While Lexington Children’s Theatre is always bringing new material to the stage, there are certain shows that appear in a permanent, unofficial rotation, classics of the children’s literature canon that resurface every few years. Often, these shows are very similar to previous versions, but sometimes they are wildly different.
Such is the case with The Lion, the Witch, and the Wardrobe, based on the first novel in the Chronicles of Narnia by C.S. Lewis. I walked into the theater expecting a scaled-down version of Joseph Robinette’s adaptation, which the theater mounted in epic fashion for the Opera House stage in 2012, but instead got a scaled-down-even-more version dramatized by le Clanche du Rand.
In du Rand’s version, a cast of only two actors enthusiastically brings the tale to life with the help of quick-change friendly costume design by Jessica Pribble (based on original costume design by Amy Berry) and clever scenic design by Curtis Trout.
With director Vivian Snipes making the most of the stage with fluid, innovative blocking and lightning-fast transitions, the pace of the show moves quickly. Actors Ashlee Collins and Robert Hooghkirk portray Lucy and Peter, two of the Pevensie foursome who discovered adventure, danger and eventual glory after a magical wardrobe transported them to the land of Narnia.
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Collins and Hooghkirk prove to be up to the difficult task of portraying all of the tale’s characters, from their fellow siblings to the White Witch to Aslan to beavers and more, thanks in large part to du Rand’s use of the “magic circle” as a narrative device. The pair create an invisible, imaginary circle that encompasses the stage in the play’s early moments, and they explain that when they are outside the perimeter of the circle they are functioning as narrators, but when they are within it they are bringing the story to life.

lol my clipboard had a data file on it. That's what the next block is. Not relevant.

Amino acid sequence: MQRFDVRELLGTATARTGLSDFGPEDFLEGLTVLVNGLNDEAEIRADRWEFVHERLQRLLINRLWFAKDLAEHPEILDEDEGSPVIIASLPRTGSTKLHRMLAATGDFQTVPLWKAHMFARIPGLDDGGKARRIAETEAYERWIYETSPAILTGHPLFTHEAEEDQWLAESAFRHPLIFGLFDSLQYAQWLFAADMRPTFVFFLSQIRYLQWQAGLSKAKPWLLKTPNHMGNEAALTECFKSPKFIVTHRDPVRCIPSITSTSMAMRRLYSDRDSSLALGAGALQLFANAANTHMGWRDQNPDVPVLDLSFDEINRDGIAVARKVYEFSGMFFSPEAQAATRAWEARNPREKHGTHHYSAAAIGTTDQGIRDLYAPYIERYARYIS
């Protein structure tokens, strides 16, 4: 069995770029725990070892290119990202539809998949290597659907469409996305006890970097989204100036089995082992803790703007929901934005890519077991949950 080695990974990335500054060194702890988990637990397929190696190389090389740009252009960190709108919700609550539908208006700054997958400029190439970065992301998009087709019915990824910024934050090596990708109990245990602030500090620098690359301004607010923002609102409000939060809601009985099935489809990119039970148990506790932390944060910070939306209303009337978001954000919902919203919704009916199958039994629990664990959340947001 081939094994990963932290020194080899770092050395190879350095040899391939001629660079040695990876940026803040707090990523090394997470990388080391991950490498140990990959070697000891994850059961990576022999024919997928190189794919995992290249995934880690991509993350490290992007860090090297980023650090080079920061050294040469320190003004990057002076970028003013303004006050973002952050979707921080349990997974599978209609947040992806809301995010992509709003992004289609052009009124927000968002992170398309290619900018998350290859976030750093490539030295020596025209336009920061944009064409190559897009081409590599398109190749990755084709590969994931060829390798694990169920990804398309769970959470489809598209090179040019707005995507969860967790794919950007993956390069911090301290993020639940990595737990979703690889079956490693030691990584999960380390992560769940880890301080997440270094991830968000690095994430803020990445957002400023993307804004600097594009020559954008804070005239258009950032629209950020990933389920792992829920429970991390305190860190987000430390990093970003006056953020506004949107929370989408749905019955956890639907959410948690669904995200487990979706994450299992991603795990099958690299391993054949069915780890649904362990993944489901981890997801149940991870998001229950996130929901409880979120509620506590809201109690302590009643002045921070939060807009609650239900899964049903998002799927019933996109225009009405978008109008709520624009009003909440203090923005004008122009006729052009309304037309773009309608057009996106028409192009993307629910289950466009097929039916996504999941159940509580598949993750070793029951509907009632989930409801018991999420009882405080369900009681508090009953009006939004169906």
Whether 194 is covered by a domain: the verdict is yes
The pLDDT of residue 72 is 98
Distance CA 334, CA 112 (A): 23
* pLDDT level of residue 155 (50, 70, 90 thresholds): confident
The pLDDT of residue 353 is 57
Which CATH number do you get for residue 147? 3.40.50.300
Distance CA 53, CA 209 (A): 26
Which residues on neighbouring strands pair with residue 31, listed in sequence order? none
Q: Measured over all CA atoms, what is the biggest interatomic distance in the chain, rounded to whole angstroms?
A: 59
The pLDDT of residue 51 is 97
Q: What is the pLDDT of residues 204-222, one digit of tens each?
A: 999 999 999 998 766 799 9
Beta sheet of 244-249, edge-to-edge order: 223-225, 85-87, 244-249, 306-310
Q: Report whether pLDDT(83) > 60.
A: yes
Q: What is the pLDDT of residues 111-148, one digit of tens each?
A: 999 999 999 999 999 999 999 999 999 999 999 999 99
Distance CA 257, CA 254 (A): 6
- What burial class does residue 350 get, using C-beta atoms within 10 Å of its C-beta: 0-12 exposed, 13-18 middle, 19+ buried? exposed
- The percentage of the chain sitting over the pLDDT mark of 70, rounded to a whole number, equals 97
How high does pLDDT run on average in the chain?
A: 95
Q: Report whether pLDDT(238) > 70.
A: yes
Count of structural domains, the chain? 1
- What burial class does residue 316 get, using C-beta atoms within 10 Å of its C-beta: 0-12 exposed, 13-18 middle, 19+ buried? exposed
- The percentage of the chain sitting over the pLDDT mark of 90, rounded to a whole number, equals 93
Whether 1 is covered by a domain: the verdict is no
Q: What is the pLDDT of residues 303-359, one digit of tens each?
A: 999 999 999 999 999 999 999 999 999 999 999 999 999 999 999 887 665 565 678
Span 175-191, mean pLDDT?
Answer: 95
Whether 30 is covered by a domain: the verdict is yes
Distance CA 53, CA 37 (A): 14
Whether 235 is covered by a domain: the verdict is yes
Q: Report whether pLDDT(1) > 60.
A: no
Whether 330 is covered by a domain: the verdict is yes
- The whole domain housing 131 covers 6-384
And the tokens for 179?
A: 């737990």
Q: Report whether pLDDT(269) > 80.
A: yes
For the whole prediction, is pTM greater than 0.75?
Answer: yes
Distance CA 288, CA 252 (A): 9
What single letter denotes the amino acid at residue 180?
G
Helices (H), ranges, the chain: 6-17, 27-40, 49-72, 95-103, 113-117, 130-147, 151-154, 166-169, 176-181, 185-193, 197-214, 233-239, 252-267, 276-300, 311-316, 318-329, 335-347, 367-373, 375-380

I wondered if some of the substantial cuts might flummox any of the young audience members who might not be familiar with the tale, but the rapt attention of my own 4-year-old, who accompanied me, proved otherwise. Du Rand’s cuts are fairly extreme — there is no Father Christmas scene, for instance. Considering the fast pace and instinctive style of storytelling, the cuts work by keeping the audience from getting bogged down in character development that cannot be fully realized due to time restrictions. Even the siblings’ stage times are truncated so characters such as Edmund appear only when absolutely necessary to the plot. Side note: I was sort of glad that older sister Susan got little more than a grudging imaginative nod to her existence now and then; serves her right for believing none of it really happened in subsequent books.
In many ways, Lucy and Peter’s two-person retelling of the story is even more magical than the epic, Opera house version due to its reliance on innovation and clever storytelling techniques, not to mention how the artistic weight of the show is carried by two actors rather than dozens.
Overall, the show serves as an easily digestible terrific introduction for younger children and an invitation to revisit the familiar world of Narnia for older children.
Candace Chaney is a Lexington-based writer and critic.
‘The Lion, the Witch and the Wardrobe’
What: Lexington Children’s Theatre’s production of le Clanche du Rand’s stage version of the C.S. Lewis classic
When: 2 and 7 p.m. Dec. 19, 2 p.m. Dec. 20
Where: Lexington Children’s Theatre, 418 W. Short St.
Tickets: $18 adults, $15 children